This post ends at an awkward point:  I’ve looked over Mylène’s list and identified places where it does not quite meet the pedagogical needs of my students, but I’ve not come up with my own list.  I suspect I need 4: one for each of the 4 Cs, but I’ll leave that as an idea for a later post.


  1. Putting in just what is relevant … excellent point! I have been going over this with my English students about how they often “over quote” in their papers and also don’t provide enough context for said quotes.

    On the bright side, though, taking the time to explain where they need to improve has resulted in some improvement …

    Comment by Tom Panarese — 2011 November 26 @ 18:08 | Reply

  2. Found this comparison of our students quite accurate (on average) and intriguing. Why do people find it so hard to express causality in writing? I’m looking forward to reading more about what you come up with.

    The infographic of the 4 C’s is a great tool. Does it come from the textbook you mentioned or is it original? I’ll use it in class if you’re willing. The way it exposes trade-offs in technical writing is succinct.

    Re: Relevance — you called it. I did in fact add it back in, early in the process; I haven’t gotten to that part in the story yet, but will soon.

    Re: significance, the students demanded that one. I’m glad I left it out at first. Tthe students are writing/presenting answers to questions they asked in class. I keep a big list of them and add to it every day. Students can then choose from the list of unanswered questions when preparing their presentations. Two weeks later when someone submits an answer, we end up having fruitful discussions about “why were we asking this in the first place?” This is helping students start to notice that the context in which the question is asked is part of making sense of the answer. They asked me to modify the question list to keep track of why the question arose. In the next round of writing, we’ll see what difference that makes.

    As for conciseness, that’s getting assessed indirectly. I often leave feedback about it on their “submissions to the model” as well as on their QA plans (the same technical reading assignment you refer to above), so they know that I value conciseness. They’re starting to use the QA plans and our shared model to evaluate and problem-solve, so they’re starting to value it in their own writing too. And, presentations often take place on Friday afternoons, so the students are starting to value it in each others’ writing/speaking. I’ve also been having students assess each others’ writing and submit their assessments to me. I write feedback on their assessments, return them to the assessor for a second draft, then pass them on to the assessee. This has been a useful window into my students’ thought process. They suffer from the same overblown, over-corrected writing that you describe when they submit papers, but have absolutely no patience for it when they read, and will blow the whistle on writing they deem pretentious without prompting. In fact, they will be more likely to get false positives, accusing most technical writing of being unnecessarily obscure — I have the opposite problem of helping them realize that there are times when they need to improve their reading comprehension level, not (just) improve the author’s writing. I suspect that this is another difference in the cultures of our institutions.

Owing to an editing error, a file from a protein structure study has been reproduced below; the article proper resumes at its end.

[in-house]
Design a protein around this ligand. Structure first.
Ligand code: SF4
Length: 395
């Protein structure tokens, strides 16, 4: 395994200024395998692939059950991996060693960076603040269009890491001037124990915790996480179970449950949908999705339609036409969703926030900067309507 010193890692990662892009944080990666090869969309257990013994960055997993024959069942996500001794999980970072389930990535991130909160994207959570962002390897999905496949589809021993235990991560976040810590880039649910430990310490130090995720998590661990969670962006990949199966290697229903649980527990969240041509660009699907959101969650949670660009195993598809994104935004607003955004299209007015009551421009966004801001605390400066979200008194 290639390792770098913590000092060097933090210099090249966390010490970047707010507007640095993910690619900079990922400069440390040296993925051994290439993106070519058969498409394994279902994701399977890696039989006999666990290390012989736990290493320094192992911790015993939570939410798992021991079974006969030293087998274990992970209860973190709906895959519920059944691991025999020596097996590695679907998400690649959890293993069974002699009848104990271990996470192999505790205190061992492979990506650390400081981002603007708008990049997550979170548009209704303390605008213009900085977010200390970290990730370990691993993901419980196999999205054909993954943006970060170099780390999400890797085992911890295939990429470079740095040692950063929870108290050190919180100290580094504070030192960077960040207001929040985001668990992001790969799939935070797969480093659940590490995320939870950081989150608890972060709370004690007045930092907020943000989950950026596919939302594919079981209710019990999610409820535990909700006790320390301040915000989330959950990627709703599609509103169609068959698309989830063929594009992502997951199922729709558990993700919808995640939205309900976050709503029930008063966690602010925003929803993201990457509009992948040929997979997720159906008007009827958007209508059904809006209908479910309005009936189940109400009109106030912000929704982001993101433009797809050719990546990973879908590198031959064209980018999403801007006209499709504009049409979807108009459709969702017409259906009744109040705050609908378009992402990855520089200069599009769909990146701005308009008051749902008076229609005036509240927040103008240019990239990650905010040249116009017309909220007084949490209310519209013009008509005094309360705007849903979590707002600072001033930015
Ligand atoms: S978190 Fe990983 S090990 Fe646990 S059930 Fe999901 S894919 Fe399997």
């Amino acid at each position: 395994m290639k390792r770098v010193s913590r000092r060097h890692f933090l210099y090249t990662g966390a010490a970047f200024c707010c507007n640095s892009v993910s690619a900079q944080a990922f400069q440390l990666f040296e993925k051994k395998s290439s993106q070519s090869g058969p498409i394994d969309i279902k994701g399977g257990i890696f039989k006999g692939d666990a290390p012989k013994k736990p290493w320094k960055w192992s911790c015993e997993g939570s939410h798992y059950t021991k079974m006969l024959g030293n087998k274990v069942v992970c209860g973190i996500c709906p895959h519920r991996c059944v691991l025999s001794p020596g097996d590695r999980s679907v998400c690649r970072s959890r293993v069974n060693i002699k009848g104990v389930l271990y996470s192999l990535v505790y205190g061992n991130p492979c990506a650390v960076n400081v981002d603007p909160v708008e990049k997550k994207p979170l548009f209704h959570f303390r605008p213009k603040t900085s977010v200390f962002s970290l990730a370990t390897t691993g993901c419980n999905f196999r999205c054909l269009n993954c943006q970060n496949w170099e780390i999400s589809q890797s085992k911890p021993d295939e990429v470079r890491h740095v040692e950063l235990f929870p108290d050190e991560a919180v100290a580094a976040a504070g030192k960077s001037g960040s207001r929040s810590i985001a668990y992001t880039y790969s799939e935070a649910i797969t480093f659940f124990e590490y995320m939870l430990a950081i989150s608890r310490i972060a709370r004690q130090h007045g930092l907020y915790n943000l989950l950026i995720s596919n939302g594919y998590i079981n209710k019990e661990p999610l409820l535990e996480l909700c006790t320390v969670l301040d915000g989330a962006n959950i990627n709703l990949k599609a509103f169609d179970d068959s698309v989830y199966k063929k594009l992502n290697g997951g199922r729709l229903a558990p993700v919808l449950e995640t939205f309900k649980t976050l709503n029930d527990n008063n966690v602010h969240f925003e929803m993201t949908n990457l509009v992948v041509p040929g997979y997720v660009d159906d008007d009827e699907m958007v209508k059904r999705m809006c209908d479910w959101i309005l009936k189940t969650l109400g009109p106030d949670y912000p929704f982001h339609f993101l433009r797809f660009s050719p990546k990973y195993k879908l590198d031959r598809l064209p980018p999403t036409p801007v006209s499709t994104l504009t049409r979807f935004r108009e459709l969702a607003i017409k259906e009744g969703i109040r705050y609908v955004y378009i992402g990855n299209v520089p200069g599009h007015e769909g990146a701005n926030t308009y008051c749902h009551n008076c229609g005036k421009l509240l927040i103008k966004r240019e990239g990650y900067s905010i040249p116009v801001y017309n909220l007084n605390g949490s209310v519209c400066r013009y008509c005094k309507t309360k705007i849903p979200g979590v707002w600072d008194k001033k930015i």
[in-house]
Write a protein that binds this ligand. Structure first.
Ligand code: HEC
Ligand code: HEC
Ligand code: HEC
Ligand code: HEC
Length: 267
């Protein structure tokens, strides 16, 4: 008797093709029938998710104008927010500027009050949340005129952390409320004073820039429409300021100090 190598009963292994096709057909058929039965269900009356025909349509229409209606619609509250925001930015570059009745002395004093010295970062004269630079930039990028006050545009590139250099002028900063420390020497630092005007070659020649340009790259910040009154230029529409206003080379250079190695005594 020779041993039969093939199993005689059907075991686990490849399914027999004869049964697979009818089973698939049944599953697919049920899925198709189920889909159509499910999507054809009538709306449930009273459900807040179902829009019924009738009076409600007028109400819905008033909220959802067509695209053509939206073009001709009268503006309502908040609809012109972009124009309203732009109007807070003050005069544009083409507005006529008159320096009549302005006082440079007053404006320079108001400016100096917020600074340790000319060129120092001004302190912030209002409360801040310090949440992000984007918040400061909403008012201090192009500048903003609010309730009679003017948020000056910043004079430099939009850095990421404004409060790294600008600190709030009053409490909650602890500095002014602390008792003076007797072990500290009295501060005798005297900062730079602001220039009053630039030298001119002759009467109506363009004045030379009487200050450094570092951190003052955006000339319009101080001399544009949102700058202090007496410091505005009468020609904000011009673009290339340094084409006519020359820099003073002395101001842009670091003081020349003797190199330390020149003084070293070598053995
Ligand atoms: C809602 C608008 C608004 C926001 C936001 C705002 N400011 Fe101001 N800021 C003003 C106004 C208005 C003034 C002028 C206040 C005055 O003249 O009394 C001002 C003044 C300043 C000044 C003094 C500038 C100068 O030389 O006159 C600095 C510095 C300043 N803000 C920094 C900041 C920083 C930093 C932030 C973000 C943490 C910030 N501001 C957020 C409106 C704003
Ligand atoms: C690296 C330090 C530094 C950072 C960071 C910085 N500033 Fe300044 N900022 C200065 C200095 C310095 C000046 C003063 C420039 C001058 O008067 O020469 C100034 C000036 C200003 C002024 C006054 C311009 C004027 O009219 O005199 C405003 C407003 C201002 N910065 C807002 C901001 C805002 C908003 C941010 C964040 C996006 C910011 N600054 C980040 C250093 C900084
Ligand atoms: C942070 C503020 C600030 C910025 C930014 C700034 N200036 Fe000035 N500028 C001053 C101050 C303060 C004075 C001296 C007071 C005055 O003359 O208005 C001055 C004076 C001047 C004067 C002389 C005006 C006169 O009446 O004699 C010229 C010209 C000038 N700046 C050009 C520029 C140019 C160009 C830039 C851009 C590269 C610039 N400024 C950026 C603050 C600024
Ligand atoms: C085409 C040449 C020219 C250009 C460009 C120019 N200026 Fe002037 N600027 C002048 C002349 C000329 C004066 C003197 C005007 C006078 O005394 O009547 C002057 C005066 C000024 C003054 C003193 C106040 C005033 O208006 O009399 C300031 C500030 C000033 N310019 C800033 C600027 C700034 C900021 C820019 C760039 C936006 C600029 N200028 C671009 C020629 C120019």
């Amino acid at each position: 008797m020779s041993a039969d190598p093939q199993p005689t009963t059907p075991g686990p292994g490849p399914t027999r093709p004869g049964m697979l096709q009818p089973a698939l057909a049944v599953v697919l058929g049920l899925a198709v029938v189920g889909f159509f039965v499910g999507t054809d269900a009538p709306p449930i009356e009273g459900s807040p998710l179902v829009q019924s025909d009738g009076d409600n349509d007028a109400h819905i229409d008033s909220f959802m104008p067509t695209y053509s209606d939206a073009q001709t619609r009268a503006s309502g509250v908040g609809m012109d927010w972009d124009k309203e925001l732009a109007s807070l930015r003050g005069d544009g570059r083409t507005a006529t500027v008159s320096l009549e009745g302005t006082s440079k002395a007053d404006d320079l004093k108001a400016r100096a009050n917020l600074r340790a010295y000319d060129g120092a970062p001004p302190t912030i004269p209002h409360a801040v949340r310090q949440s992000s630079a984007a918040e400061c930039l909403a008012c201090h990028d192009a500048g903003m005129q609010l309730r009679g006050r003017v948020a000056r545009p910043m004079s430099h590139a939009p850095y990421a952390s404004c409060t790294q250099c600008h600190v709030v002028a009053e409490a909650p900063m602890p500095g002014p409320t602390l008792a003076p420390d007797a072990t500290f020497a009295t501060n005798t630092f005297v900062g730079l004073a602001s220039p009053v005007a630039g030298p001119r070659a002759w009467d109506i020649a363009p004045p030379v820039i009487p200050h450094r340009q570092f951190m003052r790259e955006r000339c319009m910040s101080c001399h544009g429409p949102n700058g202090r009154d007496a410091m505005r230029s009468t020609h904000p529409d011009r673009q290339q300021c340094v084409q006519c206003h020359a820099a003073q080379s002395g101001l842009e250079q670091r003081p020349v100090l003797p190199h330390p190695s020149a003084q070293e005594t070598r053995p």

Finally, you raise an interesting point about the chain of cause and effect. After many written and spoken presentations and conversations, I am beginning to think that most of my students have a shaky or missing concept of causality. We’ve had major breakthroughs this semester as students came around the idea that the cause of a resistor having a certain voltage across it is not “because the voltage divider rule says so.” Many of my second year students were genuinely shocked to learn that transistor cutoff is not caused by the transistor acting like an open (for the curious, cutoff is a transistor acting (roughly) like an open; the two are equivalent by definition). I was just as shocked to realize how they were wrestling with this. Even after analyzing good and bad examples, it was difficult for my students to distinguish between “why I think this” and “why it happens.” It is not at all obvious to them that things don’t cause themselves; we’re working on shifting away from attributing all natural phenomena to the “natural tendency” of things, and toward a view that includes mechanism of action.

    I’m glad to know that you suspect your students only of having trouble expressing it on paper; if it’s possible to get to 4th year engineering without a solid grasp on causality, I’d be worried. But I’m starting to think that my students’ troubles with causality are alarmingly common. It might help explain a few things about our democracies.

    Comment by Mylène — 2011 November 27 @ 11:54 | Reply

    • The 4 Cs graphic is original with me. I don’t know if the selection of the 4 Cs is original, though—I may have picked it up somewhere in the past 25 years and not remember the source.

      I don’t know when I’ll get around to a more detailed post on these topics—I’ve got about 100 draft posts started and it will take a while to clear some of the backlog, even if I decide simply to throw half of them away as no longer interesting to me.

      Comment by gasstationwithoutpumps — 2011 November 27 @ 12:27 | Reply

      • I just did a Google Books search for
        concise complete correct clear

        Lots of writing manuals use those terms together, going back at least as far as 1920 (Opdyke’s The English of Commerce), some adding other “C” words (“courteous”, “concrete”, “consistent”).

        One of my favorite finds:
        “This is a common trouble with engineering literature, and yet engineers above any other class ought to be masters of correct, clear, and concise expression.” {Concrete engineering; for engineers, architects and contractors: Volume 4 – Page 305 (1909)}

        Comment by gasstationwithoutpumps — 2011 November 27 @ 22:39 | Reply